Any best practices with feedback colours?


Any best practices with feedback colours?



I have a few that I think are correct. These are background colours for messages.

  • ERROR: red;
  • INFO: blue;
  • SUCCESS: green;
  • NOT IMPORTANT INFO: yellow

Have I got the blue and yellow around the wrong way? Any hex values that are a de facto standard for these?

I am curious considering web development, but I think the answers will be agnostic.

Here is an interesting thought (I'm sure I've read about it in an article). What colours would the errors be on Target's website, considering all their branding is red?




Does GUI program need Standard Streams?

1:



Resources on making editors / program interfaces more gaming-like
These are pretty much straightforward.


Cross-platform UI toolkit [closed]
For non-important info, I don't if a yellow would be good since it's usually interpreted as "warning" or "look-here!"..
BlackBerry - Show typing mode indicator programmatically
I would be inclined to go for a gray or maybe a tan colour (like Windows default tan colour).


How to get users to read error messages?
A non-alertful colour..
creative ways of inputting date and time


Transferring from web programming to GUI programming?


Artistic aspects of UI?

2:


It's important to understand there are no 'right' colors.

For instance, this could be 'correct' within an existing interface that is designed in a particular way:.
  • ERROR: yellow/black;
  • INFO: grey;
  • SUCCESS: blue;
  • NOT IMPORTANT INFO: beige
So this kind of question makes designers wince:.
"Have I got the blue and yellow around the wrong way? Any hex values that are a de facto standard for these?".
At a basic level, within an existing design structure that is all blue, another panel that pops up in blue will be easily missed.

If you are producing something within a brand color scheme and then force a 'correct' hierarchy of colors without consulting a designer, you won't be popular.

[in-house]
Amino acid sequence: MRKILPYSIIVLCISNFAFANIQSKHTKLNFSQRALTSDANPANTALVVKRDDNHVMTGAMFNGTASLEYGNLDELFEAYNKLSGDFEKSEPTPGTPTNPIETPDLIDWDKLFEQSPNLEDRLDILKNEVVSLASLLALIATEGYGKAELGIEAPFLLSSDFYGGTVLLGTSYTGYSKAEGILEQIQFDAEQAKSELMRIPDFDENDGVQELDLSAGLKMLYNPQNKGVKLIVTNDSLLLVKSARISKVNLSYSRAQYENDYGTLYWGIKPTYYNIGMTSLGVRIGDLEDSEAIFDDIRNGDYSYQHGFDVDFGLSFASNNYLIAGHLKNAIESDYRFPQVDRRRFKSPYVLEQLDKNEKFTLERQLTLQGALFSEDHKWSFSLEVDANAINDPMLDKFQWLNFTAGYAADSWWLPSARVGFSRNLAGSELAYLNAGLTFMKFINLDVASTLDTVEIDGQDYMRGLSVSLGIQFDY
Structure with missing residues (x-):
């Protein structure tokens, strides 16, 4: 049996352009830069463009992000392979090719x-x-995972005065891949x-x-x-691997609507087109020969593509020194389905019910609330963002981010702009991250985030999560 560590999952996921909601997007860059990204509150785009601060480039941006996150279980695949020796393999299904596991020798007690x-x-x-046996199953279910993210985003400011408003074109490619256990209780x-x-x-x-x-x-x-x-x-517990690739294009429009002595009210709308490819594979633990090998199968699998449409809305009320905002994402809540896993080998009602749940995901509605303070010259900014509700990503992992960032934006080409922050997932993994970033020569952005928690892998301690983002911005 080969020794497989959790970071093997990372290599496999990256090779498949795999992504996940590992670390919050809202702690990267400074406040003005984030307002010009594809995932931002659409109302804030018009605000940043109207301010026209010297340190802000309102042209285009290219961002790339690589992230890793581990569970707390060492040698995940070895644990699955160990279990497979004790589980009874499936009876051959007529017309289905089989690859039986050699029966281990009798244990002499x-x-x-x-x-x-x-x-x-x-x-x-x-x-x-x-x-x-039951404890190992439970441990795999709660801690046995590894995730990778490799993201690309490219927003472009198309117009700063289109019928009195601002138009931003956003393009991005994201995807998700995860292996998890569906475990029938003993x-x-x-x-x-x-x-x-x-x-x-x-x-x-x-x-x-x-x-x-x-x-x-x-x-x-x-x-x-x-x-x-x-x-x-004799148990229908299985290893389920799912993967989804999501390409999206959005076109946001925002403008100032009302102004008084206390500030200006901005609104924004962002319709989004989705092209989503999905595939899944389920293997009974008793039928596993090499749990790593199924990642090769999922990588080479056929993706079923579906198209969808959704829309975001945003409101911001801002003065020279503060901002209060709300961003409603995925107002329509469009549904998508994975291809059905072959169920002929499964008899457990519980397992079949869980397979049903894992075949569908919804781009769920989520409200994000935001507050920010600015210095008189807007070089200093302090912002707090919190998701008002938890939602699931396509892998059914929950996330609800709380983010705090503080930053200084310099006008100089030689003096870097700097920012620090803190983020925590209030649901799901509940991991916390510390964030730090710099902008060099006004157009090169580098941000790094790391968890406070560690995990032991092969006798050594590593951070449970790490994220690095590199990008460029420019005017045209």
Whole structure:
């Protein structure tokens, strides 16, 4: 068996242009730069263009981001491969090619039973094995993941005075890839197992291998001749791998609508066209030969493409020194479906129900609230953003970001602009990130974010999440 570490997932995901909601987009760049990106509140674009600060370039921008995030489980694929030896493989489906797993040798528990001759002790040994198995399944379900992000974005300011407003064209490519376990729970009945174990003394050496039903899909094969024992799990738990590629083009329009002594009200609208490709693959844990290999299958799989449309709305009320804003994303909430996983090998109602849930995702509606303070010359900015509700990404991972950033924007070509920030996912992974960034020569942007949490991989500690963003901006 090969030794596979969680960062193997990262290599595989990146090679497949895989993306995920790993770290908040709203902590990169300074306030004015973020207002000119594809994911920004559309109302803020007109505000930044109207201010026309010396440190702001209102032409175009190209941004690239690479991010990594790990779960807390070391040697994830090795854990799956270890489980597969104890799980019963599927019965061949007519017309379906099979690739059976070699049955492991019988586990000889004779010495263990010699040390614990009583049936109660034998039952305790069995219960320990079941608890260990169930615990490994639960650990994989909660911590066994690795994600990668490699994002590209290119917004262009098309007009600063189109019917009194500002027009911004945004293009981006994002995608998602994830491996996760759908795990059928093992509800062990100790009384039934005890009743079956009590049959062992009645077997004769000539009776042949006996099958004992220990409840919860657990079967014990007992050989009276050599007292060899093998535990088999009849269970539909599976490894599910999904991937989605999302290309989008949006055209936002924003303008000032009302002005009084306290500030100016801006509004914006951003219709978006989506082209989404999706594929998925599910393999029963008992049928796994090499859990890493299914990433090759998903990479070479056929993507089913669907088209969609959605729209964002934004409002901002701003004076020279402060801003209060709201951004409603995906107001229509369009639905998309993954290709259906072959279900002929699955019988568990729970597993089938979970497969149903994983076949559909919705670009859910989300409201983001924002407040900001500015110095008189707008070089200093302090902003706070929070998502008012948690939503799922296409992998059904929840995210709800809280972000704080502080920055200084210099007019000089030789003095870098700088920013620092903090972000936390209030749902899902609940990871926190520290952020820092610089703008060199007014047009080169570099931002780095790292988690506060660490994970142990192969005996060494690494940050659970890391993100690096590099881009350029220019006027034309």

. But UI design is far more complex than this.

For instance, if a red message pops up every time you load a page, you'll start to ignore red messages because of their frequency.

. It wouldn't hurt to read something entry-level like Don't Make me Think - http://www.amazon.co.uk/Dont-Make-Think-Usability-Circle-Com/dp/0789723107, even if you're not really going to be doing this kind of decision-making often because it will help you understand the people who do..


3:


There are no standards for hex values to use.

In most cases you will want to consider the choice in the context of the site or application.

Try a range and you'll find one that sticks.

. Colour can mean different things in different countries so you may want to consider alternatives if you need to support users in a country like China..


4:


A word of warning, Red/Green color-blindness is the most common form.

So creating a UI that requires the user to distinguish them might get you into trouble.. Too bad no one thought about this when they developed traffic lights.. Update: Found this interesting article that gives you a workaround and explains better how red-green color blind people actually perceive these colors.

Apparently by creating differences in saturation and brightness they CAN learn to distinguish the colors.

. Its a good read: "Red-green-color blindness doesn't mean you cant distinguish red from" .


5:


Yellow usually means warning.

Less important info might be gray text without any special icon or background color.. But ultimately it needs to make sense to your users.

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